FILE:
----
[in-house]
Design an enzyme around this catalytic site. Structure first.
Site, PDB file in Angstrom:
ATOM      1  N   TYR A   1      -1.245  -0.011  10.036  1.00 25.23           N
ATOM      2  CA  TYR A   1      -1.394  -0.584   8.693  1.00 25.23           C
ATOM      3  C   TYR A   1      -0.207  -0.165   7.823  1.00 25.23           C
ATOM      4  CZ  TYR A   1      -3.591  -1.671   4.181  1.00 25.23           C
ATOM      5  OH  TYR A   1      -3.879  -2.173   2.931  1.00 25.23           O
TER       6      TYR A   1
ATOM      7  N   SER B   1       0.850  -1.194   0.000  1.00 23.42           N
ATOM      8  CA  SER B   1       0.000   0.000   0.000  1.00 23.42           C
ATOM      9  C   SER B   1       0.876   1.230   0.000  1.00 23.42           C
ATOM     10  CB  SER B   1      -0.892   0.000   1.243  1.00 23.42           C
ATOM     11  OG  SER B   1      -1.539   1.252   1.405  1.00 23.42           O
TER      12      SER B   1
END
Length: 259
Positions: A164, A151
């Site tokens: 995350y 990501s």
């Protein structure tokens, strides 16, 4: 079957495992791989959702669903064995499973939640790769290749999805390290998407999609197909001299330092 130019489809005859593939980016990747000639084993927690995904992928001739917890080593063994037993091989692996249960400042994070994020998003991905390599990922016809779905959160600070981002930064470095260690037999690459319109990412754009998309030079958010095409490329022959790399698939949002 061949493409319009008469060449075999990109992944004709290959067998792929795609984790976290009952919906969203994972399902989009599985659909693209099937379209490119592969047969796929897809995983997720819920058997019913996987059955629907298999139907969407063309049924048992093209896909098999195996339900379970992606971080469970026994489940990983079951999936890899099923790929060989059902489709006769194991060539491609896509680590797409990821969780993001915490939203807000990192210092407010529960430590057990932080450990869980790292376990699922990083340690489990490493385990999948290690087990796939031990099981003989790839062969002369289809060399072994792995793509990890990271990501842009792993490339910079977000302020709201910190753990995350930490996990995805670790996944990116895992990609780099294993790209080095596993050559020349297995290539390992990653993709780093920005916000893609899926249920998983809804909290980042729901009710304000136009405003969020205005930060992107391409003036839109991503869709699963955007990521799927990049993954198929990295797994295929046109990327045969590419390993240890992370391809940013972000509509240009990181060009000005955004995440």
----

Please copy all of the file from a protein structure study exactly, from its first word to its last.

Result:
[in-house]
Design an enzyme around this catalytic site. Structure first.
Site, PDB file in Angstrom:
ATOM      1  N   TYR A   1      -1.245  -0.011  10.036  1.00 25.23           N
ATOM      2  CA  TYR A   1      -1.394  -0.584   8.693  1.00 25.23           C
ATOM      3  C   TYR A   1      -0.207  -0.165   7.823  1.00 25.23           C
ATOM      4  CZ  TYR A   1      -3.591  -1.671   4.181  1.00 25.23           C
ATOM      5  OH  TYR A   1      -3.879  -2.173   2.931  1.00 25.23           O
TER       6      TYR A   1
ATOM      7  N   SER B   1       0.850  -1.194   0.000  1.00 23.42           N
ATOM      8  CA  SER B   1       0.000   0.000   0.000  1.00 23.42           C
ATOM      9  C   SER B   1       0.876   1.230   0.000  1.00 23.42           C
ATOM     10  CB  SER B   1      -0.892   0.000   1.243  1.00 23.42           C
ATOM     11  OG  SER B   1      -1.539   1.252   1.405  1.00 23.42           O
TER      12      SER B   1
END
Length: 259
Positions: A164, A151
């Site tokens: 995350y 990501s």
């Protein structure tokens, strides 16, 4: 079957495992791989959702669903064995499973939640790769290749999805390290998407999609197909001299330092 130019489809005859593939980016990747000639084993927690995904992928001739917890080593063994037993091989692996249960400042994070994020998003991905390599990922016809779905959160600070981002930064470095260690037999690459319109990412754009998309030079958010095409490329022959790399698939949002 061949493409319009008469060449075999990109992944004709290959067998792929795609984790976290009952919906969203994972399902989009599985659909693209099937379209490119592969047969796929897809995983997720819920058997019913996987059955629907298999139907969407063309049924048992093209896909098999195996339900379970992606971080469970026994489940990983079951999936890899099923790929060989059902489709006769194991060539491609896509680590797409990821969780993001915490939203807000990192210092407010529960430590057990932080450990869980790292376990699922990083340690489990490493385990999948290690087990796939031990099981003989790839062969002369289809060399072994792995793509990890990271990501842009792993490339910079977000302020709201910190753990995350930490996990995805670790996944990116895992990609780099294993790209080095596993050559020349297995290539390992990653993709780093920005916000893609899926249920998983809804909290980042729901009710304000136009405003969020205005930060992107391409003036839109991503869709699963955007990521799927990049993954198929990295797994295929046109990327045969590419390993240890992370391809940013972000509509240009990181060009000005955004995440």